TTAG Paris Attack Sim at Plano’s Patriot Protection is Go for This Evening!

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“It’s impossible to know whether anybody at Charlie Hebdo or at the market could have successfully taken advantage of an opportunity to defend against murderers who didn’t care about statutes and penalties,” J.D. Tuccille at reason.com reasons. Au contraire, mon frère! The Truth About Guns has teamed-up with Plano, Texas’ Patriot Protection to see whether an armed Charlie Hebdo employee could have defended his compatriots against two terrorist gunmen. Here’s how we’re going to do it . . .

[Disclaimer: Nick Leghorn’s in charge of the sim. TTAG’s former DHS risk analyst, has designed the sim to meet scientific criteria. The following protocol is my understanding of his methodology, which no doubt misses crucial variables and misrepresents stuff. We’ll update for accuracy as and when.]

We will be running the simulation a minimum of 20 times, with one armed self-defender. The armed defender will be different each time. He or she will not have participated in the sim before they enter.

We will simulate Hebdo’s offices: a narrow corridor with offices on either side leading to a main conference room. We will position five people in outer offices and 12 individuals in the conference room. The armed defender will be in the conference room, pretending to be in an editorial meeting.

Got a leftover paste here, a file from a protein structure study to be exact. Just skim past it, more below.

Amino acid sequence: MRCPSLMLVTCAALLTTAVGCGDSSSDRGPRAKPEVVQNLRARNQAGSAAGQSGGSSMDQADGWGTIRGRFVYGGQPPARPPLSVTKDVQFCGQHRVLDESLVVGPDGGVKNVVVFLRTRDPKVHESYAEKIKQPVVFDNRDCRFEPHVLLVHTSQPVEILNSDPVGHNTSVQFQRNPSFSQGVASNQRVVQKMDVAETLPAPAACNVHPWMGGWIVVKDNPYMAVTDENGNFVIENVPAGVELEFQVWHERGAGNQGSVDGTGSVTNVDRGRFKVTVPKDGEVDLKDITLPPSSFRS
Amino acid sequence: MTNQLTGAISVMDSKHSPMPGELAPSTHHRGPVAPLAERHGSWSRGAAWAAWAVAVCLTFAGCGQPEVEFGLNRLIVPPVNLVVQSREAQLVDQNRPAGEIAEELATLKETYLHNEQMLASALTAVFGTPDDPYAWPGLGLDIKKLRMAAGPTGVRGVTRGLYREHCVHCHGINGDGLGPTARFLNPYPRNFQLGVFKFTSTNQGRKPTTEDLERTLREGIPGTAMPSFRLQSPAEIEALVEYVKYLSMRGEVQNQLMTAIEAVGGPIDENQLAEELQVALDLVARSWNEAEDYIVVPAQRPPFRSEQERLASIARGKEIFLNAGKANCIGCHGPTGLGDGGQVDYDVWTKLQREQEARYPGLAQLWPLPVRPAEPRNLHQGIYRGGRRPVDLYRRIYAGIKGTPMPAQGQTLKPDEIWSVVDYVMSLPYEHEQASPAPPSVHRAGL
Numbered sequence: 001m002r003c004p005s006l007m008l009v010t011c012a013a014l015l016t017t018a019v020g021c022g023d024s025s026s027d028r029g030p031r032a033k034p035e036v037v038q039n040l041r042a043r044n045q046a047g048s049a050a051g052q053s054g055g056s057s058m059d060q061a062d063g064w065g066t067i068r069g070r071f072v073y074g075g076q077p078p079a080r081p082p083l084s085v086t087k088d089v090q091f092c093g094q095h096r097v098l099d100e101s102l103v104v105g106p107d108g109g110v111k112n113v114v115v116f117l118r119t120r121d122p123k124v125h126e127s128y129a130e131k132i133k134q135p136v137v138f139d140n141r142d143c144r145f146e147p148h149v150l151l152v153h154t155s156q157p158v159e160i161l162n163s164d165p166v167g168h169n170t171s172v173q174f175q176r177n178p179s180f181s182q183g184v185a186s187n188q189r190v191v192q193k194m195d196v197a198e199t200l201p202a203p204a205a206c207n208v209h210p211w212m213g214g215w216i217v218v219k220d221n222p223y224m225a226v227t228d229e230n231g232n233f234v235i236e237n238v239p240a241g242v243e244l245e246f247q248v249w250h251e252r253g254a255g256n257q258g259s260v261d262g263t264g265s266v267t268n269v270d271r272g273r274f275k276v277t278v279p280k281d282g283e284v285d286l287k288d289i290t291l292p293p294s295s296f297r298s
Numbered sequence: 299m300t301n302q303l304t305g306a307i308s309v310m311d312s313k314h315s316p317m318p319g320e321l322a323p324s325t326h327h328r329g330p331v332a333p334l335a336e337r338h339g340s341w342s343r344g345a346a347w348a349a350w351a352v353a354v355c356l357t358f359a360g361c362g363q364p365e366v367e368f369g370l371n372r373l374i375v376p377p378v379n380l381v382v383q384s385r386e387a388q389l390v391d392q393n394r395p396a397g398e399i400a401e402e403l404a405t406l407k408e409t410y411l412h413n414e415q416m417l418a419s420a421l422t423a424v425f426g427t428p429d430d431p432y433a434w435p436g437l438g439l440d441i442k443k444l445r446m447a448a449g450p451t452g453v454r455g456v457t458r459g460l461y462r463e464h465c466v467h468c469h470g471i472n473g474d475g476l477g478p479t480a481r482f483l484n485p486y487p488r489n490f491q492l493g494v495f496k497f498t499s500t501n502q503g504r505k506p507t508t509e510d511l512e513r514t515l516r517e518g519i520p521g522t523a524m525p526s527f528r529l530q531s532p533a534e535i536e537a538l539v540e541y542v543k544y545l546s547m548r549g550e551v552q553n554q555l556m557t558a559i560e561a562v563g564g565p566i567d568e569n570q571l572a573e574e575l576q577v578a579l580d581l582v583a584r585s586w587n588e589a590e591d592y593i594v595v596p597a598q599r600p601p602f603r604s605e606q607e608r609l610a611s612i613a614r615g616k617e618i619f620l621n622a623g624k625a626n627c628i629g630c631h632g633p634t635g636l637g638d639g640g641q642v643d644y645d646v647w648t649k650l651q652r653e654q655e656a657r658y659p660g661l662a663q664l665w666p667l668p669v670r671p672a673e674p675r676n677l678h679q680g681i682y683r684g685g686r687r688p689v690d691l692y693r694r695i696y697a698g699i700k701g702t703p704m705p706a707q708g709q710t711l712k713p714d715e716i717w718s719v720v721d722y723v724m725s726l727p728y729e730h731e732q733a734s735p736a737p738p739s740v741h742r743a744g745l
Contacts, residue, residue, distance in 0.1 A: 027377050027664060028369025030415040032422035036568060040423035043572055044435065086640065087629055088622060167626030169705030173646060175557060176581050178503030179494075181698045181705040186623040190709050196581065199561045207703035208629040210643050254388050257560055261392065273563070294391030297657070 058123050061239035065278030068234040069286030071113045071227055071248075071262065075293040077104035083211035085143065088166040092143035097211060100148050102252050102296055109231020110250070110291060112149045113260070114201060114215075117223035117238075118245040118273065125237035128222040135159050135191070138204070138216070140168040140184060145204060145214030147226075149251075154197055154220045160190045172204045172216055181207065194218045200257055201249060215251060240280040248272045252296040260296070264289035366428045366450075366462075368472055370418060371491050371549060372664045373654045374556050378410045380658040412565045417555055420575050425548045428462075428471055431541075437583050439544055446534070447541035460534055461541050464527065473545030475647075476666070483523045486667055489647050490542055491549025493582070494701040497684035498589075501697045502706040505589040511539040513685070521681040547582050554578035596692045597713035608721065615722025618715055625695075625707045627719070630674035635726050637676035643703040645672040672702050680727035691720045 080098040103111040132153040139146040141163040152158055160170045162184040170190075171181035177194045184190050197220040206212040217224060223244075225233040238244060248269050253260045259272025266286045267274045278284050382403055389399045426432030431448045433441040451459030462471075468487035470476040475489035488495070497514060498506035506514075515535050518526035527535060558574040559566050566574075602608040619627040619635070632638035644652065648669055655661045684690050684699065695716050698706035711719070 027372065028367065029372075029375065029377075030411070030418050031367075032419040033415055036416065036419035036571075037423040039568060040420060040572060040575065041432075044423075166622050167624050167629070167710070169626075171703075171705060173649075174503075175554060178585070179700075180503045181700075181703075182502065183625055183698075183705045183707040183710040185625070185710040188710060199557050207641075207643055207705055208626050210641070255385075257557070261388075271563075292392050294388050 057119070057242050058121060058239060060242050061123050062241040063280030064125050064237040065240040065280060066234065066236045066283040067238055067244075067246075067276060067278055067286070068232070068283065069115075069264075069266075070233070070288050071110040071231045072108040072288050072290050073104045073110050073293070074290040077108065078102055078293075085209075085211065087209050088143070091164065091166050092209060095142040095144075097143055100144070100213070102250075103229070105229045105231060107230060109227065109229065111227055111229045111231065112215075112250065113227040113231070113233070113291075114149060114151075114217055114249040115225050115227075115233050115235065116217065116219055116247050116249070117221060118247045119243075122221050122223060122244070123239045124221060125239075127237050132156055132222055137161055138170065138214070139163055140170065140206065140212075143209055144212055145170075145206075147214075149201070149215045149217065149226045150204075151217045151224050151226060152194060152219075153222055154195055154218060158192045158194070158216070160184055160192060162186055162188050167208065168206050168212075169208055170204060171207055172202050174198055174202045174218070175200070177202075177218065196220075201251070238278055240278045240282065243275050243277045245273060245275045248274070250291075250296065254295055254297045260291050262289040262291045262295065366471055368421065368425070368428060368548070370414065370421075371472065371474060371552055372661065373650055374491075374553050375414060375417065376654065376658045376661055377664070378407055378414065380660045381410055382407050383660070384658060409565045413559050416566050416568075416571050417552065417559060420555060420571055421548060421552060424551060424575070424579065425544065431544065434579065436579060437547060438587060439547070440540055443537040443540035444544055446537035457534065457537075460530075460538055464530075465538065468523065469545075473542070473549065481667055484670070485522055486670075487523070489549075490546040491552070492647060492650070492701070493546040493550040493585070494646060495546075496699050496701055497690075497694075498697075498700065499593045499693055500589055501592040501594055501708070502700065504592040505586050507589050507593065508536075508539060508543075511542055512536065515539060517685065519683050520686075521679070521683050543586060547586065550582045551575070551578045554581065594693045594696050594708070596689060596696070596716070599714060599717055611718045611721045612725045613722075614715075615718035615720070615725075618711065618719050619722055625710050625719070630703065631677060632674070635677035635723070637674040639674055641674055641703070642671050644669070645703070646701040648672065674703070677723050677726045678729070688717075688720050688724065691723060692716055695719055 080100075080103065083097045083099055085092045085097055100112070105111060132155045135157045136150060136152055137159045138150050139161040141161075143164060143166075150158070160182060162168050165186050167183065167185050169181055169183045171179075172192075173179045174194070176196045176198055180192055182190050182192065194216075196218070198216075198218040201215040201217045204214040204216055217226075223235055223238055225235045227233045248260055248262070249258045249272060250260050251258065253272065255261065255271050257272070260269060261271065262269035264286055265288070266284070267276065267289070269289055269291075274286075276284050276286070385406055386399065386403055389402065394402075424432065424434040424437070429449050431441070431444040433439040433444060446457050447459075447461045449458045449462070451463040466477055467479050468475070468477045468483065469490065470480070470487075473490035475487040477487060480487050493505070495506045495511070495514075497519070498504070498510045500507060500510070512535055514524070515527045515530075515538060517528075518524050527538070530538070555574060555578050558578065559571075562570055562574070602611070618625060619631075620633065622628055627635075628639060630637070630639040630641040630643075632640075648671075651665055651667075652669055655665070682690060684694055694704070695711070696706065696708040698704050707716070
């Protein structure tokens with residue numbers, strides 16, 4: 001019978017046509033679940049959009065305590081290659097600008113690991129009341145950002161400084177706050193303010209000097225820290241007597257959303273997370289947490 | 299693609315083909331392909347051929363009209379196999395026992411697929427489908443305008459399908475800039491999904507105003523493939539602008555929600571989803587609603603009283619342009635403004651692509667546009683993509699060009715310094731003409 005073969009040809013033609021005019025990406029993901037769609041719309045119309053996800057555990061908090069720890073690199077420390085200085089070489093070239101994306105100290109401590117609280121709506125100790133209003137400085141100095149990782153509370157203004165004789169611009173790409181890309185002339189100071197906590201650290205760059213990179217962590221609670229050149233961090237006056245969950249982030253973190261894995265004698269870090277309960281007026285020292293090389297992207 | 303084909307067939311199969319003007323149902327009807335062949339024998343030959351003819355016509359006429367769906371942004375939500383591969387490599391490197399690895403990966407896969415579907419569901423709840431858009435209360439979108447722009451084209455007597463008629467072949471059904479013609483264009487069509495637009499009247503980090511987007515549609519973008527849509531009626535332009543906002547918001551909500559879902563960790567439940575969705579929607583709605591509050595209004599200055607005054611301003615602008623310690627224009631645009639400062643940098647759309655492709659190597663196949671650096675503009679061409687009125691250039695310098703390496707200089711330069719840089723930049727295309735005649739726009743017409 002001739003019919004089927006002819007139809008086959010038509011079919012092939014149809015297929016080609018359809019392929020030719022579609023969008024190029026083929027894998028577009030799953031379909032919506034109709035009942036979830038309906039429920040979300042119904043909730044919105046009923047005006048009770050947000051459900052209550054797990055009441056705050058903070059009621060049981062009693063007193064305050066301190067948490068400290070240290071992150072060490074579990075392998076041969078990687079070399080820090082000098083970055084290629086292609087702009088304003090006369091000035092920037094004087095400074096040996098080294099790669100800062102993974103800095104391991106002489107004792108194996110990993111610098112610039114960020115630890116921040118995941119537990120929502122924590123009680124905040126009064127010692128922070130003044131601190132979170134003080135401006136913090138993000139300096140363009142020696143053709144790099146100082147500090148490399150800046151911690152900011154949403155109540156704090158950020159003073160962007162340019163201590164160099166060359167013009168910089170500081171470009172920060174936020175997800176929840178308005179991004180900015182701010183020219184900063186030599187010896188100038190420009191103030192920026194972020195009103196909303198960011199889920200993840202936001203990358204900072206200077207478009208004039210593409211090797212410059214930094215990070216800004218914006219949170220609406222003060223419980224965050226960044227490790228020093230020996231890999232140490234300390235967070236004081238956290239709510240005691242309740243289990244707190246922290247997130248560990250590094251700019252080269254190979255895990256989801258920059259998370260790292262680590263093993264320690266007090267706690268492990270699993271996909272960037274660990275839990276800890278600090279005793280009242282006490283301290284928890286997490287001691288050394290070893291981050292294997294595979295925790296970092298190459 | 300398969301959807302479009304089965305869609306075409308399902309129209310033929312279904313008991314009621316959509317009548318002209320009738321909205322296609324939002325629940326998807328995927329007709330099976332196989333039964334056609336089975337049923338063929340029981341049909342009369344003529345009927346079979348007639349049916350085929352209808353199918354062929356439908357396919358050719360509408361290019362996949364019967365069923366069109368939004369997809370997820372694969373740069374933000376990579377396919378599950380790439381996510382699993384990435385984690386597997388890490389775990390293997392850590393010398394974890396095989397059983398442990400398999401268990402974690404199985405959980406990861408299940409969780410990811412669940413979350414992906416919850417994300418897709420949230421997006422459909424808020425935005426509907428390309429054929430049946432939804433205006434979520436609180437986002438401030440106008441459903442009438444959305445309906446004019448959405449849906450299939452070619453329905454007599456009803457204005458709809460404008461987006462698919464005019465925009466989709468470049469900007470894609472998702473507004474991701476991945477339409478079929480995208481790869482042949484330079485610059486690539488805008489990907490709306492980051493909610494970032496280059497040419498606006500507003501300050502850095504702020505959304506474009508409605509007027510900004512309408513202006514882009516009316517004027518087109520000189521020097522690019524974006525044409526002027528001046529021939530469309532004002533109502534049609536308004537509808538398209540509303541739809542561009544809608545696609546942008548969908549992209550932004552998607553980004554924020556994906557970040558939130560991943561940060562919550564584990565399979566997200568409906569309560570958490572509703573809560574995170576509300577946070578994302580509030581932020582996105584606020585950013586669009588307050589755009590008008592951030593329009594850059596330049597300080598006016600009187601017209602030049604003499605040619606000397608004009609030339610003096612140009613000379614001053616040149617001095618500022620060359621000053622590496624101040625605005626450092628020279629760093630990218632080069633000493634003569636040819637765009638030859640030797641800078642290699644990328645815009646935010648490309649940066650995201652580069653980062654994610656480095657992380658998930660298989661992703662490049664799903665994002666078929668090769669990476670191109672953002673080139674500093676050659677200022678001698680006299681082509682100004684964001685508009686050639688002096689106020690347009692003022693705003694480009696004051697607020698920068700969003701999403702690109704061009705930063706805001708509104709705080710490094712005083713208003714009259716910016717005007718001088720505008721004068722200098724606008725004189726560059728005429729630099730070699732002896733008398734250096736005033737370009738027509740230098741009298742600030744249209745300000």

The attackers will have simple instructions: enter and shoot as many people as possible. Keep doing so unless and until one of the monitors declares that the attacker has suffered a debilitating wound or their 30-round magazines are empty.

After cease-fire, we will record the hits and make a rough determination if they were mortal wounds or not. The marks will be removed and the sim run again. We will run at least one sim without any armed self-defender.

Thoughts? Suggestions?

The Dallas CBS affiliate will be filming and we expect other media coverage. Watch this space.

comments

  1. avatar JoshtheViking says:

    Good idea. Just out of curiosity, are y’all using simunitions?

    1. avatar Puyallup Devil_Doc says:

      Nope. Real bullets. Only way to train, really.

      1. avatar JoshtheViking says:

        Like this? 😉

        1. avatar James Miller says:

          WOAH! My balls aren’t big enough for that type of training. The ND that happened at 3:48 was way too close to dude’s foot for comfort. Keep that finger out of the guard!

        2. avatar Scott says:

          Ho Lee Shite!!!!!!!!!!!!!!!!